Pascal was one of the first painters of his time to implement the use of photographic reference, allowing him to bring greater detail and a heightened sense of realism to his works. The medium was relatively new at the time, and Pascal's use of it influenced many of the more traditional French Academic Painters to begin using it as well.

Saturday, October 25, 2014

Seven pieces of good advice that stayed with me

as usual, interpret this image however you please
David Palumbo

Last week, while recording an interview for an upcoming episode of Creative Trek, I was asked to share a piece of advice which has stayed with me over the years.  A few jumped to my mind at that moment and then later that day I kept thinking of others, so I thoughts I’d jot a few down here on Muddy Colors. 

1: Be prepared to pay your dues

I grew up in a family of artists, so it is inevitable that much of the good advice I’ve received over the years would come from my parents.  This was one that I heard again and again before I even began learning to paint.  Basically, be grateful for every job you can get because it takes a long time to climb the ladder.  Not every job is going to be fun and/or easy, so be ready to tackle the low rent and uninspired jobs with a professional attitude.  Looking back, I find this to be very much a tightrope.  On the one hand, you don’t want to be taken advantage of and there are plenty of people out there looking to exploit you as far as you will let them.  Opposite that, you need to be humble and know that, at least when starting out, you should be following up as many opportunities as possible.  Finding the balance is hard and I think most of us only get it after several stumbles, but a humble attitude will help a great deal.  I’ve seen several people with tremendous potential wash out because of their egos and an attitude that the world owed them some kind of special treatment.  This is not really a business for prima donnas. 

2: Don’t teach yourself the mistakes of others

Early on, I had some ideas about working as a comic artist and was fortunate to have a portfolio review by Joe Quesada.  After looking at my (in hindsight) very crude pages, he told me that he felt I was looking too much at other comic artists and not enough at real life.  He told me that, while you can learn a great deal by copying the work of those who inspire you, the vast majority of your study should be direct observation.  When you copy another artist, you are copying their mistakes and teaching yourself their bad habits.  Working from life, on the other hand, lets you train without that baggage clouding up the picture.  You are much more likely to develop your work into something unique if you learn from the world unfiltered.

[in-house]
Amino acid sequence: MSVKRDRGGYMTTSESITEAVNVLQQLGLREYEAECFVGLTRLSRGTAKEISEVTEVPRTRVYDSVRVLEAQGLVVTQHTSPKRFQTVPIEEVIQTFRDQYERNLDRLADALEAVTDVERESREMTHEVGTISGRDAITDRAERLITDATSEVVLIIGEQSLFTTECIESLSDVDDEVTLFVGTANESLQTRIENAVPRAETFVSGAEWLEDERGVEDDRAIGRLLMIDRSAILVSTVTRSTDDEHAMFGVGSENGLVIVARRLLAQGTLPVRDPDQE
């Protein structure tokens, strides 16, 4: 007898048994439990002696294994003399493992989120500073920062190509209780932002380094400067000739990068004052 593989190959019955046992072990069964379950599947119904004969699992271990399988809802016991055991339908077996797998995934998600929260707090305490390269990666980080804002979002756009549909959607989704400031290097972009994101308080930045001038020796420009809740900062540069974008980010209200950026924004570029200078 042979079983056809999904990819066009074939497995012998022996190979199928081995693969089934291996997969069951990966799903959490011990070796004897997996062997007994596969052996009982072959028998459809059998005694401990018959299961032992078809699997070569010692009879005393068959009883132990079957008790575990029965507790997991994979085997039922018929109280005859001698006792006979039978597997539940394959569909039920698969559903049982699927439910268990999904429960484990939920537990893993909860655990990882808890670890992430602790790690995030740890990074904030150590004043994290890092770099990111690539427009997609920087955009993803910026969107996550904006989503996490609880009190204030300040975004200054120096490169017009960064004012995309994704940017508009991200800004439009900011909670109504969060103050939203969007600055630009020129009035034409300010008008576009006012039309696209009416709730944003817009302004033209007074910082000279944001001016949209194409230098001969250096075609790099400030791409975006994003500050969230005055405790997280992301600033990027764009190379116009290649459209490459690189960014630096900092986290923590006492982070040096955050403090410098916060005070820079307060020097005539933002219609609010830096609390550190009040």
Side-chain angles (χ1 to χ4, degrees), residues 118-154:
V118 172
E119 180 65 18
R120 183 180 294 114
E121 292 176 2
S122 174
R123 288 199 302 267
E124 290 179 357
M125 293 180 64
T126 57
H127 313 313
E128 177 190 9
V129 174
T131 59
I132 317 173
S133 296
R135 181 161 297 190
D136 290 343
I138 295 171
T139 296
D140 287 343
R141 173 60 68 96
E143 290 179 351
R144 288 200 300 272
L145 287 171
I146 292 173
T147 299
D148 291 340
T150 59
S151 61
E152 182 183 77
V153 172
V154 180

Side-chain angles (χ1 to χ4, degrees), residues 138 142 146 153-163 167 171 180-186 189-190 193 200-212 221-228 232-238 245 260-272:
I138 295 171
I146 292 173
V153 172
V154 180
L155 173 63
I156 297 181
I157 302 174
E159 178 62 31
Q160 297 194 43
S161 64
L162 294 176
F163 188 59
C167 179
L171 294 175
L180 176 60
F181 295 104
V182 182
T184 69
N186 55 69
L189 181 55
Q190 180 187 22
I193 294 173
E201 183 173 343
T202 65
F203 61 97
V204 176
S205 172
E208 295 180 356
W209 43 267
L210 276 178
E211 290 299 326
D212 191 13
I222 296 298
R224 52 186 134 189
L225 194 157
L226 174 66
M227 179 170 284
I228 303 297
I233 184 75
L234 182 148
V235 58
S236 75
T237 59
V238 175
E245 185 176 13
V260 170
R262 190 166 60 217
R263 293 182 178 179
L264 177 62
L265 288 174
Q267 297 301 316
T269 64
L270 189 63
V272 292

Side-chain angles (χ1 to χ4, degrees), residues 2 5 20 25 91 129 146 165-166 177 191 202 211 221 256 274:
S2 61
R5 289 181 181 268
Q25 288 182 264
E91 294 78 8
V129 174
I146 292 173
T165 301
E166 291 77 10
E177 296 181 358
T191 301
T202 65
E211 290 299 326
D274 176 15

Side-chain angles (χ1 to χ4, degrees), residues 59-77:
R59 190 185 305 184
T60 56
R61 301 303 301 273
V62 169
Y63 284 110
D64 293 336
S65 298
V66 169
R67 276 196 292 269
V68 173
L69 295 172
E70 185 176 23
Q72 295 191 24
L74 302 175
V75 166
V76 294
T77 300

3: Lead with the work

About the time that I graduated from PAFA, I was exploring fine art and had a meeting with Neil Zukerman who runs the CFM Gallery in Manhattan.  He was kind enough to talk with me not only about my work but about making contact with galleries cold.  Basically, when someone walks into a gallery off the street and requests a review of their work, the automatic assumption is that it will be either a poor fit for that gallery or just simply horrible.  To save everyone a lot of time (and to avoid the automatic brush-off), he told me to introduce myself while simultaneously handing the curator a sample (print, postcard, etc.) of my very best work.  Maybe they will be interested and maybe not, but it will get things right to the point and hopefully let you lead with a good first impression.

4: Don’t worry about being fast, just worry about being good

In my first (of several) portfolio reviews with Magic the Gathering art director Jeremy Jarvis, he wondered if I might be rushing my work.  Many aspects were sloppy and would have been much stronger if I’d simply slowed down and taken my time.  Speed comes from the confidence of experience and, if I wanted to be fast, I first had to learn how to slow down and get good.  Nobody is impressed that you turned out a bad piece quickly, but they are impressed when you turn out something really good.

5: Don’t forget to push the design

A year later, I sat down with Jeremy Jarvis again at that same convention for another review.  My new portfolio had all new work which I had taken my time with and paid close attention to strong technique.  What I’d failed to pay attention to was my character, costume, and environmental design.  Jeremy pointed out in piece after piece where I could have pushed things to be more interesting, more lived-in, more unexpected, and just MORE.

6: Don’t be scared to be different

As I was starting to get work more steadily, I began feeling frustrated in my process and technique.  I had always felt that, to be a fantasy artist, I should be working in a tightly rendered highly detailed and polished style.  After all, that is what fantasy art usually looks like, right?  My frustration was that I was growing more and more interested by painterly work along the lines of NC Wyeth and other early 20th century illustrators and this was at odds with the mainstream looks.  I was lamenting this to Greg Manchess, one of the few current fantasy artists I knew who did work outside of that tight render box.  After going on and on about how I wished I could work looser but was worried about this and that and the other thing, he just said something along the lines of “well, yeah, I don’t know, why don’t you just try it?”  I was struck by how simple that made it seem and how ridiculous it was to have not realized this myself.  It was a few years before I really changed my process, but in that time I was working on personal pieces and experiments which ultimately proved to me that I needed to shift direction.  The first and most important step was to stop worrying and just do something.

7: Make your work with purpose

This last one was not advice given specifically to me, but something which I’ve heard Rebecca Guay say to students many many times.  Whatever you make, you need to make it your own in some way.  Find something to love in every piece, find something personal to contribute to every assignment, and always know what you want for the viewer to feel when they look at your work.  If you don’t make your work with purpose, it will have no impact.